[0036] Figure 3 is a graph of the output power over time of the electric generator of figure 1.

[0037] Figure 4 is a graph of the dynamic torque output over time of the electric generator of figure 1.

[0038] Figure 5 is a graph of the cogging torque over time of the electric generator of figure 1.

[0039] Figure 6 is a comparative table of the magnetic flux amplitude through the coil 12, the output electrical power, the dynamic torque, the cogging torque, and the mechanical to electrical conversion efficiency for different values of the radial air gap e between the rotor and the stator.

[0040] Figure 7 is a top view and a perspective view of an electric generator according to first embodiment of the invention.

[0041 ] Figure 8 illustrates the bottom view of the slot distribution of the stator of the electric generator of figure 7.

[0042] Figure 9 illustrates the increment distribution of the stator of the electric generator of figure 7.

[0043] Figure 10 is a graph of the output power over time of the electric generator of figure 7.

[0044] Figure 1 1 is a graph of the dynamic torque over time of the electric generator of figure 7.

[0045] Figure 12 is a graph of the cogging torque over time of the electric generator of figure 7.

[0046] Figure 13 is a perspective view and a top view of an electric generator according to second embodiment of the invention.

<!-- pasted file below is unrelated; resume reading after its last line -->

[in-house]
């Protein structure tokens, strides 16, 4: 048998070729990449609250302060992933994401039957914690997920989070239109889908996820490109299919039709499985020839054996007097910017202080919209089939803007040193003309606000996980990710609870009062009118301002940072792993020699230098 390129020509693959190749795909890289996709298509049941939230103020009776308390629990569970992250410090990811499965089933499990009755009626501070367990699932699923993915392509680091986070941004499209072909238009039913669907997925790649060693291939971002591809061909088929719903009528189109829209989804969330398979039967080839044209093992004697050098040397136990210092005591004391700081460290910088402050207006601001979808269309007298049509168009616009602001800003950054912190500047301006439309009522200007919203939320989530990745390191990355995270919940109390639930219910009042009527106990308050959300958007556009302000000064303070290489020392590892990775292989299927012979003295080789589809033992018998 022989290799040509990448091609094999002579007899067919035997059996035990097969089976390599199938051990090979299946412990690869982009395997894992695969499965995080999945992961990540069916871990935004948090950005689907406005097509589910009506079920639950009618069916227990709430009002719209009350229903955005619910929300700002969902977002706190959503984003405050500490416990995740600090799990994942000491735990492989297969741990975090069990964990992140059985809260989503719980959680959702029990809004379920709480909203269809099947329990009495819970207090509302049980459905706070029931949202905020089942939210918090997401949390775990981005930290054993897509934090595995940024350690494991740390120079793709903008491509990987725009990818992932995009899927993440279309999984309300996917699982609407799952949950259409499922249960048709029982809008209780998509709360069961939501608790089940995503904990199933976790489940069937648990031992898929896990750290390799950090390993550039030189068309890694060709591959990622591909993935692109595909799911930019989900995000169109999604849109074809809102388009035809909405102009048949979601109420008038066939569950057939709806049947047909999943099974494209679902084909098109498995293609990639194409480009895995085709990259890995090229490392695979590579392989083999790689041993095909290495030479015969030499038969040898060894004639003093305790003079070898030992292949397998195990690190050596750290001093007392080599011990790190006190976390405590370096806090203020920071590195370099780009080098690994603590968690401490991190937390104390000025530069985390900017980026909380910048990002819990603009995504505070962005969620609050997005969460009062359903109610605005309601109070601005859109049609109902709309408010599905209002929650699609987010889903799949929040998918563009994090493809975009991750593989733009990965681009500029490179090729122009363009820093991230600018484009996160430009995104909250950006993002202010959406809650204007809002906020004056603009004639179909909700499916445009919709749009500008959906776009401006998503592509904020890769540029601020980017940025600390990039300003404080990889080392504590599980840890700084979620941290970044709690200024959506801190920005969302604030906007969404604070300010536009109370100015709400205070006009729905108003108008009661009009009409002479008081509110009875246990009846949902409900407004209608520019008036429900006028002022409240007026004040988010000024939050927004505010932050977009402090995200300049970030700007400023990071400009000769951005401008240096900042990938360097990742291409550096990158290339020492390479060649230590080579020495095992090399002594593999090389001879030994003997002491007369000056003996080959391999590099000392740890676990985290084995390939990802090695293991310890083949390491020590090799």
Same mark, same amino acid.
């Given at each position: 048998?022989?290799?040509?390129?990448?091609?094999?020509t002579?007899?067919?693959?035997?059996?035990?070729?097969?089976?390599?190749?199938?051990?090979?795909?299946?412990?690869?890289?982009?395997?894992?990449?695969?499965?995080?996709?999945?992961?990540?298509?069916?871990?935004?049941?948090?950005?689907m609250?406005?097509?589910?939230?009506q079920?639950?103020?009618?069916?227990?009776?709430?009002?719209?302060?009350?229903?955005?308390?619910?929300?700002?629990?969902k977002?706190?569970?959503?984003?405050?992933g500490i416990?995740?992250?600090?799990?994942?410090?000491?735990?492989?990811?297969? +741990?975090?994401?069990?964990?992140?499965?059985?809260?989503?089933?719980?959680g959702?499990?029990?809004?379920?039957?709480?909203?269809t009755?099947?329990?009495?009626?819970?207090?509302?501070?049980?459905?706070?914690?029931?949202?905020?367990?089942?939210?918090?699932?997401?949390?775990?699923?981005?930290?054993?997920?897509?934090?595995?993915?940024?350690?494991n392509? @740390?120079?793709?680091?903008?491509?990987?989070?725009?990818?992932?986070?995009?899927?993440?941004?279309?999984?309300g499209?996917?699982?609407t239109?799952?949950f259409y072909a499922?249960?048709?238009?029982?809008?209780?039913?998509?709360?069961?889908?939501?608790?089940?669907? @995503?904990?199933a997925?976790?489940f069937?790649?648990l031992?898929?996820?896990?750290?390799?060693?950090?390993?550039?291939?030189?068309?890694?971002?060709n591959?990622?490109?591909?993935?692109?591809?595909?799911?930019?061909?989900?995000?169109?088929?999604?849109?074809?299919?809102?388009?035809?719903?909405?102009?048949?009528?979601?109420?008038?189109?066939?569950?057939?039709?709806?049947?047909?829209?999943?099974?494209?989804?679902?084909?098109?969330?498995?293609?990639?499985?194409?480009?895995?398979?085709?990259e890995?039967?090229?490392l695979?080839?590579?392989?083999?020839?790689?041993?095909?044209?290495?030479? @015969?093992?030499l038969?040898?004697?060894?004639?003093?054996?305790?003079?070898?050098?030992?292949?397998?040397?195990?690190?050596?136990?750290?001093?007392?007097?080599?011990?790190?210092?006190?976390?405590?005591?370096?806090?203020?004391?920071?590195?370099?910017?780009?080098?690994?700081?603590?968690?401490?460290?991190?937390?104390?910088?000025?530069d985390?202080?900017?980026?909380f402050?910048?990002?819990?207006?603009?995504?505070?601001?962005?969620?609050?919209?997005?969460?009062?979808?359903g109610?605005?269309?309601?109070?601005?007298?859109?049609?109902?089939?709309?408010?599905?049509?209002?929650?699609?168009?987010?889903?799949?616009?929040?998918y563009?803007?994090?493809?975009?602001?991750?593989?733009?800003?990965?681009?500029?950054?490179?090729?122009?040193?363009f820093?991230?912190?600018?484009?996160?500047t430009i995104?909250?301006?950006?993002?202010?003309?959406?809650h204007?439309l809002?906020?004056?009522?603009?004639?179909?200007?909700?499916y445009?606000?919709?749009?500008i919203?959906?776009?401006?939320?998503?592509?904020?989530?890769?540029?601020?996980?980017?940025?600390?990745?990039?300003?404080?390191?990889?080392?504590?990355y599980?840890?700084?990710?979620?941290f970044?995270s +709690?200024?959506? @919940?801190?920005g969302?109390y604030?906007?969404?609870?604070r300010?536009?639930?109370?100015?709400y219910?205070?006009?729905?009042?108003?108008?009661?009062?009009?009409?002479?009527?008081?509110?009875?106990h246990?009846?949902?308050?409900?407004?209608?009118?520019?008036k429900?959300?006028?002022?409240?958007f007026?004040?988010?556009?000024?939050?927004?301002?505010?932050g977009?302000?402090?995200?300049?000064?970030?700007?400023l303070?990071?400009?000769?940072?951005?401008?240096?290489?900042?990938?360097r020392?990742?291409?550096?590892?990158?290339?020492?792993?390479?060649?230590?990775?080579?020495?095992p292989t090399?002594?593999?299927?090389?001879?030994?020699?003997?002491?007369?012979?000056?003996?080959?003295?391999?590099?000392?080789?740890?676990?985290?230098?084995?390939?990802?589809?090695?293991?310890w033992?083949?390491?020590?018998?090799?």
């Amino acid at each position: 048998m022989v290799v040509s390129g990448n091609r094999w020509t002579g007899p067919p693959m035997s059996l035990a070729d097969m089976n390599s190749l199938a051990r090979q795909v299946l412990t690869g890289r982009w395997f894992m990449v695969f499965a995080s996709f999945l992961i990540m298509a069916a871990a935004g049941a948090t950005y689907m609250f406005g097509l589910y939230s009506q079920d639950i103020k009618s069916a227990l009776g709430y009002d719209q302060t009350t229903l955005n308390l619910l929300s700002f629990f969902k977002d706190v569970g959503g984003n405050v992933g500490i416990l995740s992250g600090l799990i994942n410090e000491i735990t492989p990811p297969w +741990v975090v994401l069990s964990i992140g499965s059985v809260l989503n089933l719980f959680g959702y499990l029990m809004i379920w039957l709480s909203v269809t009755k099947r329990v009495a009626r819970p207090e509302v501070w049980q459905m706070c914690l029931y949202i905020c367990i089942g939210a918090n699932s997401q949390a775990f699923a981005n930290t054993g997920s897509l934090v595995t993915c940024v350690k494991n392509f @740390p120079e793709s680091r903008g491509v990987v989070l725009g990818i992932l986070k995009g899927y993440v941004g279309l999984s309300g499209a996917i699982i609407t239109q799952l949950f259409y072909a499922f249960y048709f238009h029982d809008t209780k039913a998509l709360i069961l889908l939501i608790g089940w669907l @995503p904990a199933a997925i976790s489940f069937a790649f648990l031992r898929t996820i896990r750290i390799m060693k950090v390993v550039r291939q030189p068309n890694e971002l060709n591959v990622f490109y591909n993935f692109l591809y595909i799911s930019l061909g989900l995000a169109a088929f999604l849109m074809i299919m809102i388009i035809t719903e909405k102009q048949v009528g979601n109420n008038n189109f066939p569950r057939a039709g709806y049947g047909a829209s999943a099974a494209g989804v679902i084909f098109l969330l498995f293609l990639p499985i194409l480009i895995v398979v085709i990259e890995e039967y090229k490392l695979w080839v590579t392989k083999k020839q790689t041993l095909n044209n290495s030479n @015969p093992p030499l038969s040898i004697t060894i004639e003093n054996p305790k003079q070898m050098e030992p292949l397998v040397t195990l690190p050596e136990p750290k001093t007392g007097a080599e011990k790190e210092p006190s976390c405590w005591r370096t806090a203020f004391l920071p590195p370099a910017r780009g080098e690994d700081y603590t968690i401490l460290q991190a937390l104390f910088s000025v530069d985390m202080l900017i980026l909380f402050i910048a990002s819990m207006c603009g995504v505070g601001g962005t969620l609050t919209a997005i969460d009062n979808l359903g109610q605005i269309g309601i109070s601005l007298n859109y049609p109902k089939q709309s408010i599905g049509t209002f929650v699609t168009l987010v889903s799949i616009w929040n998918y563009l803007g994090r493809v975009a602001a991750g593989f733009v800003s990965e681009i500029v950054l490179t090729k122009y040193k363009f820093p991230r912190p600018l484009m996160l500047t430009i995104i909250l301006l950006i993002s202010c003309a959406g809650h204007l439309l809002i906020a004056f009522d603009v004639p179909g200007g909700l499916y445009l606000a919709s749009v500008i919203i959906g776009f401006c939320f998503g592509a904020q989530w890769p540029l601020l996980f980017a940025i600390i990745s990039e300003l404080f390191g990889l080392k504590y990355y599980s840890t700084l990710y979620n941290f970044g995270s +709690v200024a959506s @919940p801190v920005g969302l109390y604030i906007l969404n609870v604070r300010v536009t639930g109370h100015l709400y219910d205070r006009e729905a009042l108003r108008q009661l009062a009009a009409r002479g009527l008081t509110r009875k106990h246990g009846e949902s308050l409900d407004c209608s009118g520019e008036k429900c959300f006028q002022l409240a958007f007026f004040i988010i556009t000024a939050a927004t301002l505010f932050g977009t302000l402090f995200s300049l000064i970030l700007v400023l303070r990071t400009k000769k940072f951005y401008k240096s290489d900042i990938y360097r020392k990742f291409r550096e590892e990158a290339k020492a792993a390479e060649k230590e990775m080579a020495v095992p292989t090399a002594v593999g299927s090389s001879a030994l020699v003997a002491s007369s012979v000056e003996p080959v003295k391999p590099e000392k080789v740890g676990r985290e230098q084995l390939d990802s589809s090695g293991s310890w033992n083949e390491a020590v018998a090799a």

[0047] Figure 14 illustrates the increment distribution of the stator of the electric generator of figure 13.

[0048] Figure 15 is a graph of the output power over time of the electric generator of figure 13.

[0049] Figure 16 is a graph of the dynamic torque over time of the electric generator of figure 13.

[0050] Figure 17 is a graph of the cogging torque over time of the electric generator of figure 13.

[0051 ] Figure 18 is a perspective view and a top view of an electric generator according to third embodiment of the invention.

[0052] Figure 19 illustrates the increment distribution of the stator of the electric generator of figure 18.

[0053] Figure 20 is a graph of the output power over time of the electric generator of figure 18.

[0054] Figure 21 is a graph of the dynamic torque over time of the electric generator of figure 18.

[0055] Figure 22 is a graph of the cogging torque over time of the electric generator of figure 18.